What an honour it is for me to be able to participate in this year's
that is held from May 21-28,
Organized by the one and only Park City Girl, Amy, who had this amazing idea last year of organizing a Quilt Exhibition By Bloggers for Bloggers: a virtual tour where for a whole week we can go and be inspired by fellow bloggers' Quilts and the stories behind them.
I remember last year's Festivities as it was during this week that I became aware of, and consequently hooked on Blogs. I discovered many of my now favourite Blogs through Amy's brilliant inspiration.
So, like I said, it is a great honour for me now, one year later, to be able to participate.
Natima reminded us a few days ago to be ready, and immediately My Baba's Old Country Quilt came to mind.
This quilt has become part of our living-room decor for the last few years, as stitch by stitch it is slowly being Hand-quilted. My young sons have received countless cuddles under it, they have watched tv lying on it, and like a journal of the little joys of our family's life with has already coutless memories stitched into it. I don't consider it a UFO with all the guilt and anxiety attached to such. This quilt just is...
The quilt was inspired by this piece of Fabric, a scrap of Green Paisley, that I remember as my grandmother's- My Baba's dress.
Too bad that I don't have a picture of her wearing that dress but here is a picture of her and my Grandfather.
Theirs is a true Love story, of courage, loss, struggle, hard work, love of family and true wealth.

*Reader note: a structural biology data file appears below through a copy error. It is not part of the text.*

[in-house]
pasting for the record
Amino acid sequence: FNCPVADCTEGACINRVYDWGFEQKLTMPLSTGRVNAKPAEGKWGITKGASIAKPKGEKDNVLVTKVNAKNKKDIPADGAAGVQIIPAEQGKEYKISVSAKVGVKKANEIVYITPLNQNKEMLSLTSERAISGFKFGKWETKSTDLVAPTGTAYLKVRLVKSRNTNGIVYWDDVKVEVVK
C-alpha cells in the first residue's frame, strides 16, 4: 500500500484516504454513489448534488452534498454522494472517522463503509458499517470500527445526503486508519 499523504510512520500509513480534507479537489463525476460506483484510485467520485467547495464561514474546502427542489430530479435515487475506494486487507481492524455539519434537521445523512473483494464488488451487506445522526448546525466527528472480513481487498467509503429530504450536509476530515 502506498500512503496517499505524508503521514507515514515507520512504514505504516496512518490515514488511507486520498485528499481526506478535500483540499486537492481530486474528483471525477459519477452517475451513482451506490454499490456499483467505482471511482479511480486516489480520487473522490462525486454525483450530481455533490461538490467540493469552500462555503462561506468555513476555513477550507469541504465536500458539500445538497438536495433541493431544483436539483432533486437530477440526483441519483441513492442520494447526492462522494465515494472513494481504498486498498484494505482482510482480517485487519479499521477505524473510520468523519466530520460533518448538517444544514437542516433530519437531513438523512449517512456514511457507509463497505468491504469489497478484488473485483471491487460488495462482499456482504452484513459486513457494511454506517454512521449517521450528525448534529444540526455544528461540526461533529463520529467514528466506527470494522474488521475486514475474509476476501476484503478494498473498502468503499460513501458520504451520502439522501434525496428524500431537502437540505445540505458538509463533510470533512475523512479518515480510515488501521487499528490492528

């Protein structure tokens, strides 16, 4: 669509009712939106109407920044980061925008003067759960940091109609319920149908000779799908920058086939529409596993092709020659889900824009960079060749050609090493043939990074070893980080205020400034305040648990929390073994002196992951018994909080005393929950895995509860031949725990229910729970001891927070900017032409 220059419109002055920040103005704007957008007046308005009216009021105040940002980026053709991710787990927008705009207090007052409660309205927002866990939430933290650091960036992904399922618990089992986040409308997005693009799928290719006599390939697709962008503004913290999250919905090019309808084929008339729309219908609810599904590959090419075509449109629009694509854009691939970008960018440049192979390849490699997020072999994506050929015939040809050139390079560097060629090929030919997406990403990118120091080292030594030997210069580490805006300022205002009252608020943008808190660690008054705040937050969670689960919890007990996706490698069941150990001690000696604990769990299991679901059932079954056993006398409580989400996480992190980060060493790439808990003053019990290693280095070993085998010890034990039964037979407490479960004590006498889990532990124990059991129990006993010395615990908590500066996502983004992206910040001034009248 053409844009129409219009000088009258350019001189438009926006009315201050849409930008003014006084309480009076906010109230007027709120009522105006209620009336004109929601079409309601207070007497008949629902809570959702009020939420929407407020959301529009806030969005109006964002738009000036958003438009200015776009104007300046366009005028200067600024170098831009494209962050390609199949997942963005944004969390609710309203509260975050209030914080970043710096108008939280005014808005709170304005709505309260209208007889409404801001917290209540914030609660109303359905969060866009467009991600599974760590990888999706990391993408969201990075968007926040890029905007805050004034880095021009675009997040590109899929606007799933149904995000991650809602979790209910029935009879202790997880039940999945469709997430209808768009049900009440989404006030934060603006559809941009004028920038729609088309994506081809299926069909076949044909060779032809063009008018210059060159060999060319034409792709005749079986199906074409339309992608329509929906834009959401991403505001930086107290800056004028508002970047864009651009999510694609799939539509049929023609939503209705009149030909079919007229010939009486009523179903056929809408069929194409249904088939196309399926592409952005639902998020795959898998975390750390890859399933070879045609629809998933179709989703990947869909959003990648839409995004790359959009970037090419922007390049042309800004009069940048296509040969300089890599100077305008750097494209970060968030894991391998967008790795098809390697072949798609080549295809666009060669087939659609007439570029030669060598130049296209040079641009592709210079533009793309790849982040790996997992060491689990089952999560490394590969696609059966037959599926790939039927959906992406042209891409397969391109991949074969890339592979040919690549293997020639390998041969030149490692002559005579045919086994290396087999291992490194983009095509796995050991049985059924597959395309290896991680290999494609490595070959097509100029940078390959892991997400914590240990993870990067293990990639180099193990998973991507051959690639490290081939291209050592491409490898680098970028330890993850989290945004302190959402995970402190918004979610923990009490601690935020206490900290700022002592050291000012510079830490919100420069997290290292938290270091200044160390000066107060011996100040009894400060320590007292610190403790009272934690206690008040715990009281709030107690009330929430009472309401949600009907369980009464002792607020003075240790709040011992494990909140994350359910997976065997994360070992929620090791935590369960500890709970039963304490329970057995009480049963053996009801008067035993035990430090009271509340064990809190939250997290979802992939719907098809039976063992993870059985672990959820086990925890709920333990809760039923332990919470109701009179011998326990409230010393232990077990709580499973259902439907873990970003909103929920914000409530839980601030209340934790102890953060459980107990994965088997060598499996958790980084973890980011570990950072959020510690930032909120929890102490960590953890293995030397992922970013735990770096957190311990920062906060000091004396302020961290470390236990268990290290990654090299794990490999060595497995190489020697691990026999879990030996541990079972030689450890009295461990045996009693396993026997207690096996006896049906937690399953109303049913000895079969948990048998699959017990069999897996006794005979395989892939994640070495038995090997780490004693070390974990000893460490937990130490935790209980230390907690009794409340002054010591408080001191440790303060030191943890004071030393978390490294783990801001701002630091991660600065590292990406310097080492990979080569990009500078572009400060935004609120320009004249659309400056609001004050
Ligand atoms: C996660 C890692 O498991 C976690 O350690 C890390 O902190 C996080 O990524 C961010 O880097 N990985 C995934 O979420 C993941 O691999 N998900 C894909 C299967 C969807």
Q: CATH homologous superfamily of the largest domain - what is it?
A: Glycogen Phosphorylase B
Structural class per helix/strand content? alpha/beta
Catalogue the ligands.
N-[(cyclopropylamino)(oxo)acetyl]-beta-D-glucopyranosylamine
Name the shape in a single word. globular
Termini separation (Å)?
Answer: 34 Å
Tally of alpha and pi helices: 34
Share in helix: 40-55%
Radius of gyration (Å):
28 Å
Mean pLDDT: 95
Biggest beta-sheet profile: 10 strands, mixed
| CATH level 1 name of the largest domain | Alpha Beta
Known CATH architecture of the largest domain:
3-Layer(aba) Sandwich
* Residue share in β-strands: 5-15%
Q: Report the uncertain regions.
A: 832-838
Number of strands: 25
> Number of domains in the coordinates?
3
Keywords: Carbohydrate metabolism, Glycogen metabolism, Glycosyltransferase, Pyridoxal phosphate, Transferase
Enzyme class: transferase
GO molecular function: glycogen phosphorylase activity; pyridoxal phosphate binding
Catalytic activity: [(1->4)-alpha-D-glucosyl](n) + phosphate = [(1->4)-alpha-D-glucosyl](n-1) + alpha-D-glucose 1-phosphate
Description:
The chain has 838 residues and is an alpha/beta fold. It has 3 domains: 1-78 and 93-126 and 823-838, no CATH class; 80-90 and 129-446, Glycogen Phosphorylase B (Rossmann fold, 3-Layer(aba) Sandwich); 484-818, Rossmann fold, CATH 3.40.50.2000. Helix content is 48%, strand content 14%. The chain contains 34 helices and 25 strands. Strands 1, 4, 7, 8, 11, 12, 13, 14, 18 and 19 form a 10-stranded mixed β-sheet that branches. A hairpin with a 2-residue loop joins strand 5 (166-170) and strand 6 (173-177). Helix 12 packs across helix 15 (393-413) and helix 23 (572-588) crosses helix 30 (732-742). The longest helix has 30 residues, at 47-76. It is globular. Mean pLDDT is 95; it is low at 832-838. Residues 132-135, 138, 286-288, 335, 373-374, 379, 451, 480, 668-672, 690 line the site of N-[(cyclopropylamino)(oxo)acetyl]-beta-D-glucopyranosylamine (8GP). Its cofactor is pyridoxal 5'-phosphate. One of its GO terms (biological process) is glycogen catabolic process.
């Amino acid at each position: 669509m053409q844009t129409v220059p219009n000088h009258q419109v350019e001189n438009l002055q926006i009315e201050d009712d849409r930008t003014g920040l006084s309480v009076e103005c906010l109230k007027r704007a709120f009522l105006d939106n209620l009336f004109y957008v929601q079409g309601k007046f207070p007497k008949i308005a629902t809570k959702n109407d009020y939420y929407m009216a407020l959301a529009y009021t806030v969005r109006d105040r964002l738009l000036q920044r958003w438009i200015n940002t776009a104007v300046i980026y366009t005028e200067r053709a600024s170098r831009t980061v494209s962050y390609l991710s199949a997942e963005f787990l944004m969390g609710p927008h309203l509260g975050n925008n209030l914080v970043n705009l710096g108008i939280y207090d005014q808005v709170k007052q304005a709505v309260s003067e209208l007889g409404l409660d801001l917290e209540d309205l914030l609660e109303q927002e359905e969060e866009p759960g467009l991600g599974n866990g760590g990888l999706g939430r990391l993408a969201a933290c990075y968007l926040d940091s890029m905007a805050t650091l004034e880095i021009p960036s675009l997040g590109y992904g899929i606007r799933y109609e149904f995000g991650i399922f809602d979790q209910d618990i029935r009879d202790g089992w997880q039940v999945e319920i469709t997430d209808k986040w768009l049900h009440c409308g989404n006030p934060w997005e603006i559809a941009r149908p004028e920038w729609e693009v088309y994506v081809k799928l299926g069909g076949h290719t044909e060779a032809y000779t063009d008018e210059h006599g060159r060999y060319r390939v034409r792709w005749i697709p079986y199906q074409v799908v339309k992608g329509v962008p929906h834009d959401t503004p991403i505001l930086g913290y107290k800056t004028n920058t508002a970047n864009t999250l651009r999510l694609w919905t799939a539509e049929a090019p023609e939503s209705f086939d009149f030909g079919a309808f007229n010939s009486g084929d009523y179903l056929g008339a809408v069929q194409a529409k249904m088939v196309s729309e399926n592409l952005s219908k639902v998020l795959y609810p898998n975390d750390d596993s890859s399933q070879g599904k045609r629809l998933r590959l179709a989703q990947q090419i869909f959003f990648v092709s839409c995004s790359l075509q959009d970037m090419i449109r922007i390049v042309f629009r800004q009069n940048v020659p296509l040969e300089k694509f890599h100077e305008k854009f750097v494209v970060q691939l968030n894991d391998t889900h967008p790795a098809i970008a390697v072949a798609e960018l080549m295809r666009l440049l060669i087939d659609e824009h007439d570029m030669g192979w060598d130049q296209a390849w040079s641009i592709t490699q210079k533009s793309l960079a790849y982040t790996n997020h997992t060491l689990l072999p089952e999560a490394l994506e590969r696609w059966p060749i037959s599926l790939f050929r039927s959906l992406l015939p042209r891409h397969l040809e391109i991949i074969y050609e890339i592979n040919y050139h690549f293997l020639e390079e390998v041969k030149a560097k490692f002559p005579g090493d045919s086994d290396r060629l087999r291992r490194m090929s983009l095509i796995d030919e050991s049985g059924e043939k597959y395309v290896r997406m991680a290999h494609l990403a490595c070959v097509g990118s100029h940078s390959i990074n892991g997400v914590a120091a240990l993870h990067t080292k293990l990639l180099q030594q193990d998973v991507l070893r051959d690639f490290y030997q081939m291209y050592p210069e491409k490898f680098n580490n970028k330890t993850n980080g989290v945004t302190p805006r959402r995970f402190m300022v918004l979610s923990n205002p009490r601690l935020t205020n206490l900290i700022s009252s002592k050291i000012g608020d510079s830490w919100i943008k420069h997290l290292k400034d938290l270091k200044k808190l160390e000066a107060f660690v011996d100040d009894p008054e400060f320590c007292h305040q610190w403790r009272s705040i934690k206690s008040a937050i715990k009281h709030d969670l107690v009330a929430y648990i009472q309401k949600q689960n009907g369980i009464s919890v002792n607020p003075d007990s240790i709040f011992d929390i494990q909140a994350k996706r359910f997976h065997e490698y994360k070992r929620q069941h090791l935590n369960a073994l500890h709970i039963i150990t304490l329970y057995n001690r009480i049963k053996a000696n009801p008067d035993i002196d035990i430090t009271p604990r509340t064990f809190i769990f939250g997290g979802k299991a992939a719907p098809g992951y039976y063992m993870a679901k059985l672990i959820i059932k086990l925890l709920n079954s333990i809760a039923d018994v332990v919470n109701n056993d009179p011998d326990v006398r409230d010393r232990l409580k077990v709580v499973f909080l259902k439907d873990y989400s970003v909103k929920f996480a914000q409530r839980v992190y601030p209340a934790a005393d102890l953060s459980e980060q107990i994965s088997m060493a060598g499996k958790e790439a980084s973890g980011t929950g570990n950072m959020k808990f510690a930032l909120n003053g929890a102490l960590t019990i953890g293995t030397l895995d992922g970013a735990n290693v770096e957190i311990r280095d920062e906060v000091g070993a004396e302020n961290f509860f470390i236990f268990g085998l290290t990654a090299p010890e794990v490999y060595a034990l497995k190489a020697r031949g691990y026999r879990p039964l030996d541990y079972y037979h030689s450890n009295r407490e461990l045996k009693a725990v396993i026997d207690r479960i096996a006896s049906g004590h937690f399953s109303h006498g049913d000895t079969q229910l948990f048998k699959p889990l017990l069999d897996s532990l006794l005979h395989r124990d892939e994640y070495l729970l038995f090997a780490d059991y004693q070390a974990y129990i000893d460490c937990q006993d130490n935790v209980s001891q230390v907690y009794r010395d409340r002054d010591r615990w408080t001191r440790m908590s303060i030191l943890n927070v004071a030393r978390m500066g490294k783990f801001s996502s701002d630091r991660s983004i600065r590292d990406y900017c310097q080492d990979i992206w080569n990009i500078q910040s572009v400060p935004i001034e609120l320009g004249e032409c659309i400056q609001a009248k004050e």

Being separated during the Second world war, they found each other again in the chaos of retreat, they suffered detention camps together, they endured the fate of being labeled as Displaced Persons, being shipped to South America to find work and to build a home, not knowing where they were headed to, and finally immigrating to Canada.
My Baba always had a smile for us, always sneaked candy into our eager hands, always baked the best bread for us, always had something being stitched, crocheted, sewn, and later in life through their senior groups, even hand-quilted ( together with my grandfather!).
My Baba taught us the secret powers of a good back scratch, and how everything tastes better with sour cream. She instilled in us the love of flowers, especially daisies and sunflowers, and home grown vegetables. She would let us sleep in or wake us early so we could go and pick big raspberries from her gigantic bushes while they were still wet with dew. Then she would give us a few dollars so we could roller-skate over to A&W for ice-cold root-beer for breakfast...
My Baba always cried when we had to leave to fly back home, and I always felt that those tears were the most beautiful testament of her enduring and unconditional love for us.
And even though we did not share a common spoken language, she knew my heart and I knew hers.
psss... She also had the best fabric stash, ever... I think I get my love of fabric from her!
She was so proud of me when I started showing an interest in quilting and got to see one of my first quilts before she fell asleep in the Lord.
So this is My Baba's Old Country Quilt,
the woman who never met a print she didn't like!
Making it I learned to be confident to improvise, takes chances, and that things do not have to match to be beautiful. Also it gave me a deep sense of peace that having young kids did not mean the end of 'me'-time. And that my boys can be part in the making of my quilts. (They often ask to sit on my lap to see me hand-quilt...)
Now I hope you go and find a special quilt to share, and go join the hundreds of quilters participating in the Blogger's Quilt Festival through the next week.
Thanks Amy, once more for organizing this for us, and Thanks to YOU, for visiting me in my little corner of the world,
from Cyprus, with love,
Thank You, Elena, for helping me photograph my quilt at your beautiful Shop